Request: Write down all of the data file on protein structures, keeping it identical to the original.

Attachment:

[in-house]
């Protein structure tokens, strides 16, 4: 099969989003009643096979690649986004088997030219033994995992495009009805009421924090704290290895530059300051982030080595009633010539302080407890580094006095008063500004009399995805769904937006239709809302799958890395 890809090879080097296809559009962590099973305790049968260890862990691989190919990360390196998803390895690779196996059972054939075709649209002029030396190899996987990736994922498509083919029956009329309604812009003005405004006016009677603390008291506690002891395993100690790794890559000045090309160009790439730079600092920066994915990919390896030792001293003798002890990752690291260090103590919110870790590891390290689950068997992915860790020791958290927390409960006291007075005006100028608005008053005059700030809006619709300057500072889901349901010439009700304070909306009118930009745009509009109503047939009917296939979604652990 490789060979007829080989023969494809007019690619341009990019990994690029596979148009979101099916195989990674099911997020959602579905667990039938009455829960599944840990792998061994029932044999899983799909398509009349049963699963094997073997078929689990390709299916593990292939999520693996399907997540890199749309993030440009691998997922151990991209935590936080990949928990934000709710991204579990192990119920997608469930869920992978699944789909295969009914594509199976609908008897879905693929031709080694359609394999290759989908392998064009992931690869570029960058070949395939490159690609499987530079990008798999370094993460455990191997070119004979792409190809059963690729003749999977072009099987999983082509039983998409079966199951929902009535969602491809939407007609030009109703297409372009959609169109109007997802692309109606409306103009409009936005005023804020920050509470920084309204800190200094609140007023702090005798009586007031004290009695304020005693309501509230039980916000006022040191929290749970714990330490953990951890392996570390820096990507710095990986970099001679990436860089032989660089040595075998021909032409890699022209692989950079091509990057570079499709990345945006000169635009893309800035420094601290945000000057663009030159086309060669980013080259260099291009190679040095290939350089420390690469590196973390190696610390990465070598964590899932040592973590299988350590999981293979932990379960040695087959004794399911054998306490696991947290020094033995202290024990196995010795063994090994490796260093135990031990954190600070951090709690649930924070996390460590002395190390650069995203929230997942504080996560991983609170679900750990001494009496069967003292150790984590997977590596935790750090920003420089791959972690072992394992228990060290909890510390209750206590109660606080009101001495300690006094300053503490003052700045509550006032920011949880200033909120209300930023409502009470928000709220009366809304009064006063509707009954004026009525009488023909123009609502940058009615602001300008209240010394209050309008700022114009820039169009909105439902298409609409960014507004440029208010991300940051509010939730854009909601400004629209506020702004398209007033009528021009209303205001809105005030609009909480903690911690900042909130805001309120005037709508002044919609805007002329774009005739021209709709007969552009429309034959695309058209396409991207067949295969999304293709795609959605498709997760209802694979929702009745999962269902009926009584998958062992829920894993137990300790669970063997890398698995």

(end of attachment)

[in-house]
């Protein structure tokens, strides 16, 4: 099969989003009643096979690649986004088997030219033994995992495009009805009421924090704290290895530059300051982030080595009633010539302080407890580094006095008063500004009399995805769904937006239709809302799958890395 890809090879080097296809559009962590099973305790049968260890862990691989190919990360390196998803390895690779196996059972054939075709649209002029030396190899996987990736994922498509083919029956009329309604812009003005405004006016009677603390008291506690002891395993100690790794890559000045090309160009790439730079600092920066994915990919390896030792001293003798002890990752690291260090103590919110870790590891390290689950068997992915860790020791958290927390409960006291007075005006100028608005008053005059700030809006619709300057500072889901349901010439009700304070909306009118930009745009509009109503047939009917296939979604652990 490789060979007829080989023969494809007019690619341009990019990994690029596979148009979101099916195989990674099911997020959602579905667990039938009455829960599944840990792998061994029932044999899983799909398509009349049963699963094997073997078929689990390709299916593990292939999520693996399907997540890199749309993030440009691998997922151990991209935590936080990949928990934000709710991204579990192990119920997608469930869920992978699944789909295969009914594509199976609908008897879905693929031709080694359609394999290759989908392998064009992931690869570029960058070949395939490159690609499987530079990008798999370094993460455990191997070119004979792409190809059963690729003749999977072009099987999983082509039983998409079966199951929902009535969602491809939407007609030009109703297409372009959609169109109007997802692309109606409306103009409009936005005023804020920050509470920084309204800190200094609140007023702090005798009586007031004290009695304020005693309501509230039980916000006022040191929290749970714990330490953990951890392996570390820096990507710095990986970099001679990436860089032989660089040595075998021909032409890699022209692989950079091509990057570079499709990345945006000169635009893309800035420094601290945000000057663009030159086309060669980013080259260099291009190679040095290939350089420390690469590196973390190696610390990465070598964590899932040592973590299988350590999981293979932990379960040695087959004794399911054998306490696991947290020094033995202290024990196995010795063994090994490796260093135990031990954190600070951090709690649930924070996390460590002395190390650069995203929230997942504080996560991983609170679900750990001494009496069967003292150790984590997977590596935790750090920003420089791959972690072992394992228990060290909890510390209750206590109660606080009101001495300690006094300053503490003052700045509550006032920011949880200033909120209300930023409502009470928000709220009366809304009064006063509707009954004026009525009488023909123009609502940058009615602001300008209240010394209050309008700022114009820039169009909105439902298409609409960014507004440029208010991300940051509010939730854009909601400004629209506020702004398209007033009528021009209303205001809105005030609009909480903690911690900042909130805001309120005037709508002044919609805007002329774009005739021209709709007969552009429309034959695309058209396409991207067949295969999304293709795609959605498709997760209802694979929702009745999962269902009926009584998958062992829920894993137990300790669970063997890398698995």